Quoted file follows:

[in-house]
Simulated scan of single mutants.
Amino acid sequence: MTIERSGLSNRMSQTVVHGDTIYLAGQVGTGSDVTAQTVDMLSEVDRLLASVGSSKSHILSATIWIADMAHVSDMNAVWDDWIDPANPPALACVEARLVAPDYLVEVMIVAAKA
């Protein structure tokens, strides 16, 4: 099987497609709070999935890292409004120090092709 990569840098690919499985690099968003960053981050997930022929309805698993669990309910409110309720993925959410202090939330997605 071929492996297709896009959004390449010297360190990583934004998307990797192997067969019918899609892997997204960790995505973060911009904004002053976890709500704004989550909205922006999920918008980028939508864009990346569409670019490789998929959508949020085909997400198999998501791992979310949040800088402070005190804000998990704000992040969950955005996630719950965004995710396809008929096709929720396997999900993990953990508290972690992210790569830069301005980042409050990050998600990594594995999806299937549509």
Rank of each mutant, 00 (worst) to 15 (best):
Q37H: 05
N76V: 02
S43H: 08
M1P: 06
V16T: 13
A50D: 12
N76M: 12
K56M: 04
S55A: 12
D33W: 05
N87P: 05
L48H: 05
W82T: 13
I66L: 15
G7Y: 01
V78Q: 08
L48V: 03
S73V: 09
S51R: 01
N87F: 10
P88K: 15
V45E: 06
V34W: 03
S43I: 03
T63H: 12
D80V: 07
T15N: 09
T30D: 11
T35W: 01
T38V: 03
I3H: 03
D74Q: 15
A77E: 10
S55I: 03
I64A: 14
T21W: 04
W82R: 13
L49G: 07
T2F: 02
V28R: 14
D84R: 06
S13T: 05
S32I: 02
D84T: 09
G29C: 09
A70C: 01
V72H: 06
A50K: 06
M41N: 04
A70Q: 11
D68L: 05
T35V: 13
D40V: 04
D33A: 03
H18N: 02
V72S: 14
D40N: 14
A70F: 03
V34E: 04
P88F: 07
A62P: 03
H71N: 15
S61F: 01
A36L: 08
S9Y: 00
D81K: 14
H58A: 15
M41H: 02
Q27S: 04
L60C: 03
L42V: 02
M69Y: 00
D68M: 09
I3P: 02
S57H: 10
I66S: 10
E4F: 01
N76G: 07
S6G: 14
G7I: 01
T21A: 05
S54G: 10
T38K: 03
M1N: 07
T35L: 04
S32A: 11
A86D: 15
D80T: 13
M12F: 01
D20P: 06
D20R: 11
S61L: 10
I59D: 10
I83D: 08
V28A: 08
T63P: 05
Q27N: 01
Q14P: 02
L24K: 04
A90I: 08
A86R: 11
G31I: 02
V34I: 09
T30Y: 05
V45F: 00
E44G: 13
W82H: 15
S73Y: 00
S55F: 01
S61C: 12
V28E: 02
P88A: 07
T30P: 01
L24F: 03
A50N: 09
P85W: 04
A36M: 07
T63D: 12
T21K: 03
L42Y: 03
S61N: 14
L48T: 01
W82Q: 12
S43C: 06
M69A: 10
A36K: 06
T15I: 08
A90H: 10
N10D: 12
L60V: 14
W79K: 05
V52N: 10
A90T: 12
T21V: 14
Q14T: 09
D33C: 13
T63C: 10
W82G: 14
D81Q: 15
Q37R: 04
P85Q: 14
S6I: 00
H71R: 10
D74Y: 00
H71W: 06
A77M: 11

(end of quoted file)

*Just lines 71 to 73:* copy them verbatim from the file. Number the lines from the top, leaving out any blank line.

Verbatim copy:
D81K: 14
H58A: 15
M41H: 02